Guest Interview: Steve Niles Talks Ugly Vampires, How to Treat Fans, Creator-Driven Comics, His Inspirations, and Lots More
Dark Horse Comics Editor-in-Chief Scott Allie provided us with another guest interview this week in which he chats with the incomparable Steve Niles, horror writer extraordinaire.
SCOTT ALLIE: Your 30 Days of Night, which had its tenth anniversary this year, is widely credited as responsible for the resurgence of horror comics in the last decade. What do you think of where horror comics have gone since the first 30 Days of Night?
STEVE NILES (pictured above): It’s very nice people think Ben Templesmith and I had the slightest thing to do with horror becoming a stable comic genre. There was a great shift that happened. Horror comics went from EC tributes to having their own spotlight. I hope it happens to other genres in comics. Right now we have many great horror comics out there, from Hellboy to Fatale to Revival. Even the horror titles from Marvel/DC have gotten pretty great.
ALLIE: What do you mean by EC tributes? You’re talking around the year 2000, or before that?
NILES: For decades most horror comics followed the EC formula—somebody does something bad and pays for it in some macabre method.
ALLIE: Why do you make all your vampires so ugly? Don’t you know they’re supposed to be sexy?
NILES: I like my monsters scary. I feel like the romantic vampire has been—and continues to be—done to death. I’m just not interested.
ALLIE: Where do you see the origins of the real monstrous sort of vampire you did in 30 Days of Night? The prettified vampire owes a lot to Anne Rice, but people connect it to a certain way of reading Dracula. Do you think the 30 Days vampire is a more accurate read of the legend, or something subsequent to that?
NILES: Well, Dracula was pretty hideous in the original novel, so I do feel like the 30 Days vampires are a return to the original monster vampire.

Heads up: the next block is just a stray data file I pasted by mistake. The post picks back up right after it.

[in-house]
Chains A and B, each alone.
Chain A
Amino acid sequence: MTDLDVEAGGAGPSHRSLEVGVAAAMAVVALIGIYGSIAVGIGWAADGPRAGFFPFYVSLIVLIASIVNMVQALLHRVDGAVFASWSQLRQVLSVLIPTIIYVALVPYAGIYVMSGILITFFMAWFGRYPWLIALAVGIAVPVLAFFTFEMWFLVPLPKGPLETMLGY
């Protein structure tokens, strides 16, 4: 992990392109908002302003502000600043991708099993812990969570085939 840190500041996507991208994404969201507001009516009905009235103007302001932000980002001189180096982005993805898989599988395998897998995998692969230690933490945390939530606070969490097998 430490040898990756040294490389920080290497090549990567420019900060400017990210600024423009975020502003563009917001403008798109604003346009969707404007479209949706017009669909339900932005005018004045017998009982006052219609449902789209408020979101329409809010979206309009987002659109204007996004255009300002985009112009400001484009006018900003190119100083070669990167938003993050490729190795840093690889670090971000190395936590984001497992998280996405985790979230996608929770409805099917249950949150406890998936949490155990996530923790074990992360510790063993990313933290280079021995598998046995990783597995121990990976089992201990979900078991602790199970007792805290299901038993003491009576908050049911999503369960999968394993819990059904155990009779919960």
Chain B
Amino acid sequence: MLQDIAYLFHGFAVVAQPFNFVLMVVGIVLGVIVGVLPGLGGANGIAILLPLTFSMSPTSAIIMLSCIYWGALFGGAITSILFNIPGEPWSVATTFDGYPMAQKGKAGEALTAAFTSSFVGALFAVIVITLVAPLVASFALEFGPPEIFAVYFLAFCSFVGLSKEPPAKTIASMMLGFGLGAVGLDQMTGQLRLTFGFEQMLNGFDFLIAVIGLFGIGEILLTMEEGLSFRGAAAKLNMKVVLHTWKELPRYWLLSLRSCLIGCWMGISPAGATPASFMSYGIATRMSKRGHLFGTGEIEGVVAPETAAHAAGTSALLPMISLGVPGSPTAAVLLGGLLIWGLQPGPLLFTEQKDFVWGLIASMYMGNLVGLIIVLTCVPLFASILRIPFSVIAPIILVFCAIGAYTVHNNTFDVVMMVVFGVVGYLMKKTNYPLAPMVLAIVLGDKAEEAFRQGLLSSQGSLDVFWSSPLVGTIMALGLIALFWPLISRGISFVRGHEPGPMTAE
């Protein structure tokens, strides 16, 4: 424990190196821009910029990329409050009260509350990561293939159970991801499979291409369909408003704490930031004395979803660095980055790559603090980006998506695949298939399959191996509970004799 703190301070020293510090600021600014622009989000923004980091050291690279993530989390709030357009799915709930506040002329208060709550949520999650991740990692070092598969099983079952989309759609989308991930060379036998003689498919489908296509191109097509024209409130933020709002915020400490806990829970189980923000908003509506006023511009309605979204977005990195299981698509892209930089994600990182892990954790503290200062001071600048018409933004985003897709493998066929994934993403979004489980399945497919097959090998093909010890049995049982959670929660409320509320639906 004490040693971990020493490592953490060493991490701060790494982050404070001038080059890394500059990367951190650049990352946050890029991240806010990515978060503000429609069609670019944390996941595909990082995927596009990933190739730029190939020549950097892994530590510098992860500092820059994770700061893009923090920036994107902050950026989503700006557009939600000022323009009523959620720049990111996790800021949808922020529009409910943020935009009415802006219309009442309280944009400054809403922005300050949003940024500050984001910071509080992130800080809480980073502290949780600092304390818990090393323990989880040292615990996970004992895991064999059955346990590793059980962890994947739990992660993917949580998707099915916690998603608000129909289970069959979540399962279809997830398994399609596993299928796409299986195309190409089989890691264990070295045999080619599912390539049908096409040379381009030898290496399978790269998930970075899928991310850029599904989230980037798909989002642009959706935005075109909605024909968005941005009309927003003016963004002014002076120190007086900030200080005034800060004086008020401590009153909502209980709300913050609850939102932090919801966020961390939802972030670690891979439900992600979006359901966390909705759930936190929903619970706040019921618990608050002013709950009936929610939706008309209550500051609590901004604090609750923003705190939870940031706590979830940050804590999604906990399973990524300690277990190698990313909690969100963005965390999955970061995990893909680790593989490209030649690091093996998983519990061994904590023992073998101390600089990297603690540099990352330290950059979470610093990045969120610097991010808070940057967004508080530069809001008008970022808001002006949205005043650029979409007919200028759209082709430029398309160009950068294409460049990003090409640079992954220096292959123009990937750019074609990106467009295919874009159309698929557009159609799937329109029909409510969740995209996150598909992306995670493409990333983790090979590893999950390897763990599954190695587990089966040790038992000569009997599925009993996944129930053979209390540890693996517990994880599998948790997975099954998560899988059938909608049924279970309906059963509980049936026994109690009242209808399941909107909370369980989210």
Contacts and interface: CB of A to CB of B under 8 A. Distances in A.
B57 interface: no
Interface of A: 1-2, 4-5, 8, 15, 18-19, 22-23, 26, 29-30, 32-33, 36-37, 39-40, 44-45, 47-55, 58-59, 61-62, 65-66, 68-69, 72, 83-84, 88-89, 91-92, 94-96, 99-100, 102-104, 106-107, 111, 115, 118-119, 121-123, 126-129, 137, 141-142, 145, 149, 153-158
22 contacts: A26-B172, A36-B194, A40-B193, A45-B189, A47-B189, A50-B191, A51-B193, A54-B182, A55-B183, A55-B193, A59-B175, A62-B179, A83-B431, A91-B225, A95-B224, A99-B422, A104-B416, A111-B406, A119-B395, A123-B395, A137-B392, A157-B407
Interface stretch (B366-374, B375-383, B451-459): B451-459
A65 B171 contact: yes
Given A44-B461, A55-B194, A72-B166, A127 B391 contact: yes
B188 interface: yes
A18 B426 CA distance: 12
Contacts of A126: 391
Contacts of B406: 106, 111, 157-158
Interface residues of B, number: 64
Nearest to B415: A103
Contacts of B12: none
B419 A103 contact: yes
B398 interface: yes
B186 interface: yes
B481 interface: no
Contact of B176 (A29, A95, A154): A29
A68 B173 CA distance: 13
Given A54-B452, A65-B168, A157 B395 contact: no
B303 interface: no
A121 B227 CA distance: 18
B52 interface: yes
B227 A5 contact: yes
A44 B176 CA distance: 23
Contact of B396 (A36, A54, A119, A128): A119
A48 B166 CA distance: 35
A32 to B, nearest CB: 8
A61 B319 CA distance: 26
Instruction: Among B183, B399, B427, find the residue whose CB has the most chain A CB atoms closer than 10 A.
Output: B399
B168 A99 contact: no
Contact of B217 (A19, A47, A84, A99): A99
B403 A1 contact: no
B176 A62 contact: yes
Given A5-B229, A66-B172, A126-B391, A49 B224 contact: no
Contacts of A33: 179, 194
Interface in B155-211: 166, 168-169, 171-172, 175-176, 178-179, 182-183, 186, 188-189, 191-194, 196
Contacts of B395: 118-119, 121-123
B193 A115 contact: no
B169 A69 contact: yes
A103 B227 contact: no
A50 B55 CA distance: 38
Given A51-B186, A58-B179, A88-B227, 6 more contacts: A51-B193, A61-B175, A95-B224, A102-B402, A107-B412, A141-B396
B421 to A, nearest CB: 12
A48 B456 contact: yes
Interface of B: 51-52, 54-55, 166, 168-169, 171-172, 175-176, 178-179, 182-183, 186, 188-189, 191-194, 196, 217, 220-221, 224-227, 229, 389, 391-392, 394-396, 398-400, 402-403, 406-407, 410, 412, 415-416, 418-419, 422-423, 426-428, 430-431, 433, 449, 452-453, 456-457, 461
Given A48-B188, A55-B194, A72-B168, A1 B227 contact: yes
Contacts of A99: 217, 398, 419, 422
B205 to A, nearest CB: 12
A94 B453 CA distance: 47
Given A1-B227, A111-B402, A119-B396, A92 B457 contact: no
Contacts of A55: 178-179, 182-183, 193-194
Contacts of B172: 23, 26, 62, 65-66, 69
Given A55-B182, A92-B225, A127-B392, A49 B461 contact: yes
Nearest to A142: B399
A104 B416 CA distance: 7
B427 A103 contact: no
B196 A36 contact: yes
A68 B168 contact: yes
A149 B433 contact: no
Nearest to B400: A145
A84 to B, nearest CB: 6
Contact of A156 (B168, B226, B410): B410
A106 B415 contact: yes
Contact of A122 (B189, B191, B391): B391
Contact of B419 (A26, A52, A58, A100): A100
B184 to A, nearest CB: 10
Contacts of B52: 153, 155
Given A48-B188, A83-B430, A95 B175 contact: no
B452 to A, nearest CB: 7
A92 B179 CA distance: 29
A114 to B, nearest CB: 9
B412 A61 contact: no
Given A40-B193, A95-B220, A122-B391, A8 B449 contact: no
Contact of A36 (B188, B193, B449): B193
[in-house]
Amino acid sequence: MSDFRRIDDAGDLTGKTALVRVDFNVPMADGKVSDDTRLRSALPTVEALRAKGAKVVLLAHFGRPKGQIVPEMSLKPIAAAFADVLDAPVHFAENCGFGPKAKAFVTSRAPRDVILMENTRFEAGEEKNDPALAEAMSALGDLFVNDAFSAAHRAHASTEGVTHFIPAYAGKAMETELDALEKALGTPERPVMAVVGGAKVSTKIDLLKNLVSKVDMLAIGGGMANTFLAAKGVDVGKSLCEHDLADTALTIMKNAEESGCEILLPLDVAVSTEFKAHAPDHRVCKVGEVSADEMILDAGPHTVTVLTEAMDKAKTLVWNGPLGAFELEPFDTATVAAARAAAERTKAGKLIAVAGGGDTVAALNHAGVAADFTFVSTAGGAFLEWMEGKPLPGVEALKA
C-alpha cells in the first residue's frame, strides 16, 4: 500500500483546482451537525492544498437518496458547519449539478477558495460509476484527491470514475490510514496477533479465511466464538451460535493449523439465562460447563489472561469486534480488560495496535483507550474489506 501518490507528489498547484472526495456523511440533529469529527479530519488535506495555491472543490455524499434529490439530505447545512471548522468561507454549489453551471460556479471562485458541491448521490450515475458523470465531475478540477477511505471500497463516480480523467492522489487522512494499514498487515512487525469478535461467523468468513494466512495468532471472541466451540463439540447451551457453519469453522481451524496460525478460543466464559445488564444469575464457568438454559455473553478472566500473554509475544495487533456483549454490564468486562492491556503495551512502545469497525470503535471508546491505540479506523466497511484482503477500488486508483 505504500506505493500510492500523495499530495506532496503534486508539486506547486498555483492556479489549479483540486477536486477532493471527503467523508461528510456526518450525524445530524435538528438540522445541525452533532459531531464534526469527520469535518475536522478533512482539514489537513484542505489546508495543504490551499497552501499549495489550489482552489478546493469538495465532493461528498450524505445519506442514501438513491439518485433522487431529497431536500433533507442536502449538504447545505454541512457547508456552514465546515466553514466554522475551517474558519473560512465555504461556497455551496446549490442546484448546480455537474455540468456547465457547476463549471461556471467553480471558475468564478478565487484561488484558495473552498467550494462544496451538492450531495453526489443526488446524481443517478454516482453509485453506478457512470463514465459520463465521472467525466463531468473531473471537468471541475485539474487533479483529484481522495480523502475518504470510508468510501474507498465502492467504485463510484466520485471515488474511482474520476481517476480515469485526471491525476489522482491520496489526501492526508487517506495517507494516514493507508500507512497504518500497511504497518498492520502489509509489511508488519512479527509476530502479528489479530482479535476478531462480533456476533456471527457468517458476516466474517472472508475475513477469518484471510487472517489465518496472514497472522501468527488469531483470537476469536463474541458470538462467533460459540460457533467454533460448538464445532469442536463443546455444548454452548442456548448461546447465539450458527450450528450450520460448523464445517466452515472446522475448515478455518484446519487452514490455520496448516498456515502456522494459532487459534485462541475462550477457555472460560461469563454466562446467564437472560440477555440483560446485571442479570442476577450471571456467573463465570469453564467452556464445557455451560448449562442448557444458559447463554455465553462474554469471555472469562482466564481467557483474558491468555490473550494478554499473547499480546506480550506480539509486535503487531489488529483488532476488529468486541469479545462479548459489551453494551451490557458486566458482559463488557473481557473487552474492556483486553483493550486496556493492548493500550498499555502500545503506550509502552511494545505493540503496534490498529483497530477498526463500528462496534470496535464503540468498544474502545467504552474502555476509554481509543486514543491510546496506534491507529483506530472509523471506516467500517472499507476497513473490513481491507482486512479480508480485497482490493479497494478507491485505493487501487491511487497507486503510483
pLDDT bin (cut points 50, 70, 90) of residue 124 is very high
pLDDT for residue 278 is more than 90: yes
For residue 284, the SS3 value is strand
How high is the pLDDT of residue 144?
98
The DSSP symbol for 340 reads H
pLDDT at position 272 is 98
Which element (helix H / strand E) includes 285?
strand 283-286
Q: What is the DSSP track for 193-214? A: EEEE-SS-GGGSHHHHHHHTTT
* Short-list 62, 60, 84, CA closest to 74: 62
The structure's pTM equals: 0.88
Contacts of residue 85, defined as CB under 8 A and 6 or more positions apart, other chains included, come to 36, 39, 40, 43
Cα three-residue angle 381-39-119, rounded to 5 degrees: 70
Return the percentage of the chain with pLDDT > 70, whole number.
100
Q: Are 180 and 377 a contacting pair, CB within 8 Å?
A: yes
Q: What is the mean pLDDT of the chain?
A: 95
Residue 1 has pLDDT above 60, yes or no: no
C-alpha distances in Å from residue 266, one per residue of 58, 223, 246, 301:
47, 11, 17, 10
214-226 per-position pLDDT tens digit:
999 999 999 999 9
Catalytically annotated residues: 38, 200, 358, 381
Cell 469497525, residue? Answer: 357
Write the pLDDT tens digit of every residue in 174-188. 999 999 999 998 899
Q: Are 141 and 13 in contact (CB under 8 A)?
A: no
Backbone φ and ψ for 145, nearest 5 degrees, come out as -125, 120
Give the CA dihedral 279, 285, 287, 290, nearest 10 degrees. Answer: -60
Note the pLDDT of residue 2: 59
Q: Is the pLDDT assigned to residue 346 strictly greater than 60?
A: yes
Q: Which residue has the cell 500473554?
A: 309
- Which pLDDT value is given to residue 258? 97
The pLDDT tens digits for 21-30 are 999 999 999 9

ALLIE: You’ve written novels as well. Besides the obvious, what do you think is the difference, for the reader, between horror comics and horror prose?
NILES: Both have the lack of the “jump scare,” so you have to find other ways to frighten readers. Both offer us a way to get inside people’s heads and really lay the groundwork for a good scare, but comics have the addition of being able to also use images to pound the point home.
ALLIE: Are you trying to frighten your readers with comics? Often horror comics aren’t scary so much as they just feature characters and ideas familiar from the horror genre. When you sit down to write, do you specifically think about scaring the reader?
NILES: Sometimes I do, when I have an idea I think will be scary. But scares in comics are tough. The best I can do is plant something that sticks with people and they think about it when it’s dark. The "creep-out" factor.
ALLIE: Have you had moments where you really felt you pulled it off, got something in the comic that was really gonna get under a reader’s skin?
NILES: Every once in a while. The last time was when I wrote a Western horror. The characters tie bells to the dead they bury in case they come back. Late at night, when everything is quiet, the bell rings. I find that scary as hell.
ALLIE: You worked with Clive Barker really closely at a formative stage in your career. His stuff can be genuinely scary, or just creepy and weird. I think of him when I think of dark fantasy—the good kind of dark fantasy. What did you learn from him?
NILES: I learned a lot from Clive about everything from writing to how to treat fans. With Clive, fans come first. They pay our rent. They feed us. Creators who are rude to fans confuse me. I also learned a lot about characters from Clive. He knows the key to good horror is characters readers care about. When you get that down, scares come much easier.
ALLIE: Do you see Clive’s influence on the current state of horror in comics or film?
NILES: Clive left his mark, to be sure. I think of all his stuff, the Books of Blood for their insane originality and Hellraiser have left the biggest impression. Pinhead is an iconic monster. He’ll be around for a long time with the rest of the monsters.
ALLIE: Outside of horror and comics, your current relationship has you involved in music again, after your early punk rock days. Have you been playing all along?
NILES: I didn’t play at all for nearly fifteen years, maybe longer, but I did a reunion show a few years back and sorta got the music bug again. I recorded a new CD with Monica Richards and might do another reunion show with Gray Matter in September, but no, I’m not jumping back into music.